Invalidation example 3 public class GoodList extends VBox { private var _dataProvider : ArrayCollection; private var _dataProviderChanged : Boolean = false; public function set dataProvider( arr : ArrayCollection ) : void { this._dataProvider = arr; arr.addEventListener( CollectionEvent.COLLECTION_CHANGE, dataProviderChangeHandler ); this._dataProviderChanged = true; this.invalidateProperties(); } override protected function commitProperties():void { super.commitProperties(); if( this._dataProviderChanged ) { this.removeAllChildren(); for each( var n : Number in this._dataProvider ) { var l : Label = new Label(); l.text = n.toString(); Result: commitProperties this.addChild( l ); called only twice (once } during initialization) this._dataProviderChanged = false; } } private function dataProviderChangeHandler( e : Event ) : void { this._dataProviderChanged = true; this.invalidateProperties(); } public function GoodList() {} }

Validation Birth Life invalidation validation interaction Death

The Elastic Racetrack revisited Validation occurs here

Validation ‣ Apply the changes deferred during invalidation ‣ Update all visual aspects of the application in preparation for the render phase ‣ 3 methods: • commitProperties() • measure() Birth • updateDisplayList() Life invalidation validation interaction Death

commitProperties() ‣ Ely says: “Calculate and commit the effects of changes to properties and underlying data.” ‣ Invoked rst - immediately before measurement and layout Birth Life invalidation validation interaction Death

commitProperties() cont. ‣ ALL changes based on property and data events go here ‣ Even creating and destroying children, so long as they’re based on changes to properties or underlying data ‣ Example: any list based component with empty renderers on the screen Birth Life invalidation validation interaction Death

measure() ‣ Component calculates its preferred (“default”) and minimum proportions based on content, layout rules, constraints. ‣ Measure is called bottom up - lowest children rst ‣ Caused by “invalidateSize()” ‣ NEVER called for explicitly sized Birth components Life invalidation validation interaction Death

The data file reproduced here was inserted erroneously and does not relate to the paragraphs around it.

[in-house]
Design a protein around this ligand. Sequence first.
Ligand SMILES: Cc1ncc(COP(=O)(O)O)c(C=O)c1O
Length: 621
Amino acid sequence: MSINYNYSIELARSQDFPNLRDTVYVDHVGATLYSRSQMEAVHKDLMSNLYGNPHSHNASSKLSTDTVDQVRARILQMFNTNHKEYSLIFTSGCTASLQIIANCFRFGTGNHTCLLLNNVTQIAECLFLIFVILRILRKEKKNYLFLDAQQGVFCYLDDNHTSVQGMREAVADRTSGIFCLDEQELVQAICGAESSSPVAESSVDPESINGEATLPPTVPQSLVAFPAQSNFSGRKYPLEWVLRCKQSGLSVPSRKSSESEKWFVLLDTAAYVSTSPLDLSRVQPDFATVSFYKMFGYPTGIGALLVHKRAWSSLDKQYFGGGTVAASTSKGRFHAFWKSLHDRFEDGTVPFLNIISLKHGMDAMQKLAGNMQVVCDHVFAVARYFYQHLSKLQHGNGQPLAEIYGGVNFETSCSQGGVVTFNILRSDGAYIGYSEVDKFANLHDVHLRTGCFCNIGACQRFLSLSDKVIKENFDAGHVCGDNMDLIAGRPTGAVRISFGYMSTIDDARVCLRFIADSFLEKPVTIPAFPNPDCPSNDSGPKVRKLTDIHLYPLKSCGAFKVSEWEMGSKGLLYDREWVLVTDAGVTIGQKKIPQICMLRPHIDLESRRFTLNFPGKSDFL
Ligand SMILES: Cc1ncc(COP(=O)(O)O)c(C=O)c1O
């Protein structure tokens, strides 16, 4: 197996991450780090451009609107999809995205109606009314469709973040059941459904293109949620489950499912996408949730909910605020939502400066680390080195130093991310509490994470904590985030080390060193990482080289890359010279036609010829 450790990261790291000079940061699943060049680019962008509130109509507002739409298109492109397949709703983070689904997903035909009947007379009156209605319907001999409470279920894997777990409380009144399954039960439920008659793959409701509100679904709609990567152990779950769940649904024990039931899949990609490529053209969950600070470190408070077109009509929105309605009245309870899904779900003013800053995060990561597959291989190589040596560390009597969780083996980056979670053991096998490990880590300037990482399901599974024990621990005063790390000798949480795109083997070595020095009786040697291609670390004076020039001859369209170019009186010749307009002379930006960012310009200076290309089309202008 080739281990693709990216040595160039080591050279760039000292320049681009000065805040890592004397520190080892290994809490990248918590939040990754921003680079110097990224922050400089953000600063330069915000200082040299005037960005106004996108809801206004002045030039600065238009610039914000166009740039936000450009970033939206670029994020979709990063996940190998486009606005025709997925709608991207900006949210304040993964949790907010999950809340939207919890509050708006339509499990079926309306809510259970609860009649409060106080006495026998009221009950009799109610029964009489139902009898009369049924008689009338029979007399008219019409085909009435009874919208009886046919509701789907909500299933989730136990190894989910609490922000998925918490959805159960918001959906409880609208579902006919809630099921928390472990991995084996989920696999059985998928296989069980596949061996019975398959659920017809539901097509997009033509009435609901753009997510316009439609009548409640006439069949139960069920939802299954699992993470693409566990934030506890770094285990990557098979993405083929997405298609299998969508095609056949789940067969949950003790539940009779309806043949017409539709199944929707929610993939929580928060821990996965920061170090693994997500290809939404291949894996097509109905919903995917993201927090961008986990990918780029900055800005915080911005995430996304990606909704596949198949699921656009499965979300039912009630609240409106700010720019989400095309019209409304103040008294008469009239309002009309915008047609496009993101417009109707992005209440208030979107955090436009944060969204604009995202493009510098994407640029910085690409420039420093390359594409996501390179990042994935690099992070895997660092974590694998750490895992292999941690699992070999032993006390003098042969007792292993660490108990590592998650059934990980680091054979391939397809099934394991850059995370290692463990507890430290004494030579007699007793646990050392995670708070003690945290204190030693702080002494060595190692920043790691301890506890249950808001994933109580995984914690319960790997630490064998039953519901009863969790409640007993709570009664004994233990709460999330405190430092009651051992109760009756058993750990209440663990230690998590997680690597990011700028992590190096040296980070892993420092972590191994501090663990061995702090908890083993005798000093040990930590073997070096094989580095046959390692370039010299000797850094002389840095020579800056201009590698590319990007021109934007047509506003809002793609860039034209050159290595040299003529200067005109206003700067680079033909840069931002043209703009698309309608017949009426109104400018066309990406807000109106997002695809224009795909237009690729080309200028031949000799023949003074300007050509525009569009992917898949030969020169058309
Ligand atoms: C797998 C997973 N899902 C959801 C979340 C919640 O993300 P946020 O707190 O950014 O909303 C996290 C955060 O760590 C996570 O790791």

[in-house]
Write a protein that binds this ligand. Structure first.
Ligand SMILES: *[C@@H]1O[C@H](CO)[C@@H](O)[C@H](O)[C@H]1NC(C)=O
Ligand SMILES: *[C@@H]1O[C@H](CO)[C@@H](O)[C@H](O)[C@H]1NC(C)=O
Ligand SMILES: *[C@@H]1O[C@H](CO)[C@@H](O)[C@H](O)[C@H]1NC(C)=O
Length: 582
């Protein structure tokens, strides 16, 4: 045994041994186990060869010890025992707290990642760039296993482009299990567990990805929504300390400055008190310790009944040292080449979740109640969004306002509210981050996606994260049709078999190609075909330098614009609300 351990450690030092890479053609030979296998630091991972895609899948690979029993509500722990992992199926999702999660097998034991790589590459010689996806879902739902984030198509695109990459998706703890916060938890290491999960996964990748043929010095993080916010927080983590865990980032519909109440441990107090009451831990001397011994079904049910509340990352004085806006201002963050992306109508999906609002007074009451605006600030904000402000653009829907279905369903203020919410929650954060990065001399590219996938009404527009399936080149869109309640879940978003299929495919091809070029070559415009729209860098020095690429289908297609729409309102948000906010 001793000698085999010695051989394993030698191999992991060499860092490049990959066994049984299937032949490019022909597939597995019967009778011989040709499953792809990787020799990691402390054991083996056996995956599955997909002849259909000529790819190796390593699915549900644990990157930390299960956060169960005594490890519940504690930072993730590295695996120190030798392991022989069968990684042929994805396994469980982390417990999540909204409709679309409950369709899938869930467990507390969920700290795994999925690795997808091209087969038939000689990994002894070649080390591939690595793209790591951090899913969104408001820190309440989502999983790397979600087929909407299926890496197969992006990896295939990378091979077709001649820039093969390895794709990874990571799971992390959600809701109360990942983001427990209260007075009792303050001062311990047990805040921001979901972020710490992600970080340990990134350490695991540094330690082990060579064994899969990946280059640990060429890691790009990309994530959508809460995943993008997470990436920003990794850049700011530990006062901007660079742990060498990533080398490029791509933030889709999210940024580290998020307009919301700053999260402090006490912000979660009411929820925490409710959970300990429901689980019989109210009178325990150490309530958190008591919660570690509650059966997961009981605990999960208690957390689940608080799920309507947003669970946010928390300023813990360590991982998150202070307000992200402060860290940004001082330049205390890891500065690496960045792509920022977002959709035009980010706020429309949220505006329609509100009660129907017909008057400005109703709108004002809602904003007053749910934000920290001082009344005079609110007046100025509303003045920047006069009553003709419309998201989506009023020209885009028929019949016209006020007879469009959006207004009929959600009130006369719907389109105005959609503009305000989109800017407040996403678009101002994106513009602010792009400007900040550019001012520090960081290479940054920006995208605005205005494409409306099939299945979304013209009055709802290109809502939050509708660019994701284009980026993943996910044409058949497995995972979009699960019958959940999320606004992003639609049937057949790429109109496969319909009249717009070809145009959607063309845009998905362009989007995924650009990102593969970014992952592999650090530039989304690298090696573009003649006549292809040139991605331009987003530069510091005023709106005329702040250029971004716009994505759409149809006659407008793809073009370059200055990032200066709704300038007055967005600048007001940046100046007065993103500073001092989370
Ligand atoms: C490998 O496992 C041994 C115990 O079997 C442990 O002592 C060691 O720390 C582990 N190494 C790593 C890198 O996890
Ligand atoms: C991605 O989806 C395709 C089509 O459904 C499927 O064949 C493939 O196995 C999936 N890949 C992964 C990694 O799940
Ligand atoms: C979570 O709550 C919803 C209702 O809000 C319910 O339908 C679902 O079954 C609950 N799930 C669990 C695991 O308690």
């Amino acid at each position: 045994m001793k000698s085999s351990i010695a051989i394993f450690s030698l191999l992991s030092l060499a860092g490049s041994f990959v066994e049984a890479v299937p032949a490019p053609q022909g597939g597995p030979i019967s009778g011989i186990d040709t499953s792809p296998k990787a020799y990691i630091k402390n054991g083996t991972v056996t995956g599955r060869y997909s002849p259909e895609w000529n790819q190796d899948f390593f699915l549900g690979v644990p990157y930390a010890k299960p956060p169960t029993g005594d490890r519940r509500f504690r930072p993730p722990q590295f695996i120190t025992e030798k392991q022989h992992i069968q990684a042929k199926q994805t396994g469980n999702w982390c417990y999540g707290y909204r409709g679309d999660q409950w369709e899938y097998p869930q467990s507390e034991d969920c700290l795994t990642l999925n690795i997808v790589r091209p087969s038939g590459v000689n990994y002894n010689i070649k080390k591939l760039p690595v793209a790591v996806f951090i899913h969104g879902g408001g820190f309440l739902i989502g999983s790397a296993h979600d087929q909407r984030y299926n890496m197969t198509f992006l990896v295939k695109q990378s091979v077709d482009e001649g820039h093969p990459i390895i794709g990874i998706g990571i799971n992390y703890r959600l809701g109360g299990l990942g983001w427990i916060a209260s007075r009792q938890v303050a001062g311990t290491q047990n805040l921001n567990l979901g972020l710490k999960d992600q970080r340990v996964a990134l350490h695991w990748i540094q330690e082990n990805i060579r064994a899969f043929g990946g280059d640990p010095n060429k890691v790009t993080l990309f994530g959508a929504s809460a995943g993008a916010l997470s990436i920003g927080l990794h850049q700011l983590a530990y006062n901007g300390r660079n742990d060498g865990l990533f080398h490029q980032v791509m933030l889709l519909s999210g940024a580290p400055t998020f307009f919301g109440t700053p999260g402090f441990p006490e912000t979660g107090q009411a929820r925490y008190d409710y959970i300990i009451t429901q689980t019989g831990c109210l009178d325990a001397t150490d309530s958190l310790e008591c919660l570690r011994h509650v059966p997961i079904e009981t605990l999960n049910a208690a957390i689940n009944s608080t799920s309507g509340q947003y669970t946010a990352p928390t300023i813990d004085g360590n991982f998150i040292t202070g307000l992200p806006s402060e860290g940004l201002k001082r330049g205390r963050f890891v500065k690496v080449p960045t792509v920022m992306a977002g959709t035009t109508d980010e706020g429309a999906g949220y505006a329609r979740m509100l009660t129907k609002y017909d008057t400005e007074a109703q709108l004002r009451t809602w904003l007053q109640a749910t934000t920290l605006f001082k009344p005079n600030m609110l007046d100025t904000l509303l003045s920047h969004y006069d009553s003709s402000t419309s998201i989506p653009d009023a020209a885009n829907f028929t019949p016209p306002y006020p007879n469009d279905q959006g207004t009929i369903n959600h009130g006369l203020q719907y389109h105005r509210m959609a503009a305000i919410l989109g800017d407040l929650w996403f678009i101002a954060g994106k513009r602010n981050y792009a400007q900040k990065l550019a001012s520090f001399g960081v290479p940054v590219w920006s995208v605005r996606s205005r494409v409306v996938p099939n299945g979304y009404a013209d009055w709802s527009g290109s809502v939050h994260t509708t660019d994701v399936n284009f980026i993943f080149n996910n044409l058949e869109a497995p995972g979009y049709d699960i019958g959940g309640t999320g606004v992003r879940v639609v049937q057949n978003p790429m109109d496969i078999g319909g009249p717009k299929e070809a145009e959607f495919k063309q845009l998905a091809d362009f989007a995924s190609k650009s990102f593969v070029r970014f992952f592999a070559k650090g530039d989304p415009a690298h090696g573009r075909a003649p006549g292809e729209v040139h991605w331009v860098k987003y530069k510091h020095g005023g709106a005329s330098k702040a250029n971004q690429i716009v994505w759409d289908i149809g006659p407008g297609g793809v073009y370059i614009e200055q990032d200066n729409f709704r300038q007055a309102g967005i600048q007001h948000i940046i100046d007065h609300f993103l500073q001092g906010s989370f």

overriding measure() ‣ Used for dynamic layout containers (VBox, etc.) ‣ Use getExplicitOrMeasuredWidth() (or height) to get child proportions ‣ ALWAYS called during initialization ‣ Call super.measure() rst! ‣ Set measuredHeight, measuredWidth for the default values; measuredMinHeight Birth and measuredMinWidth for the minimum. Life invalidation validation interaction Death

measure() cont. ‣ Not reliable - Framework optimizes away any calls to measure it deems “unecessary” ‣ Ely says: “Start by explicitly sizing your component and implement this later.” Birth Life invalidation validation interaction Death

updateDisplayList() ‣ All drawing and layout code goes here, making this the core method for all container objects ‣ Caused by invalidateDisplayList(); ‣ Concerned with repositioning and resizing children ‣ updateDisplayList() is called top-down Birth Life invalidation validation interaction Death

Overriding updateDisplayList() ‣ Usually call super.updateDisplayList() rst • super() is optional - don’t call it if you’re overriding everything it does ‣ Size and lay out children using move(x,y) and setActualSize(w,h) if possible • I never have good luck with setActualSize() Birth Life invalidation validation interaction Death

Elastic Racetrack cont. ‣ User Actions Dispatch invalidation events • • Interact with any non-validation events from this frame (mouse movements, timers, etc.)

Elastic Racetrack Cont. ‣ Invalidate Action Process all validation calls • ‣ Render Action • Do the heavy lifting - actually draw on the screen

The Elastic Racetrack revisited Queued Invalidation Deferred Validation Render!

Interaction Birth Life invalidation validation interaction Death

How do objects know when something happens? ‣ Events: objects passed around when anything interesting goes on (clicks, moves, changes, timers...) ‣ If something happens to a component, it “ res” or “dispatches” the event ‣ If another component wants to know when something happens, it “listens” for events Birth ‣ Event-based architecture is loosely- Life invalidation coupled validation interaction Death

Bene ts of Loosely-Coupled Architectures ‣ Everything becomes more reusable ‣ Components don’t have to know anything about the components in which they’re used Birth Life invalidation validation interaction Death

Who can dispatch events? ‣ Subclasses of EventDispatcher EventDispatcher inherits directly from • Object ‣ Simply call dispatchEvent(event) to re off an event when something happens Birth Life invalidation validation interaction Death

How to tell events apart? ‣ Event class Different classes allow for customized • payloads ‣ “type” eld: a constant Birth Life invalidation validation interaction Death

Common Events ‣ Event.CHANGE ‣ MouseEvent.CLICK ‣ FlexEvent.CREATION_COMPLETE ‣ Event.RESIZE ‣ MouseEvent.ROLL_OUT Birth Life invalidation validation interaction Death

Handling Events ‣ <mx:Button id=”theButton” click=”callThisFunction(event)”/> ‣ theButton.addEventListener( MouseEvent .CLICK, callThisFunction ) Birth Life invalidation validation interaction Death

Event Propagation ‣ Three phases: Capturing, Targeting, Bubbling Application Application Capturing Bubbling Phase Phase Target Targeting Phase Birth Life invalidation validation interaction Death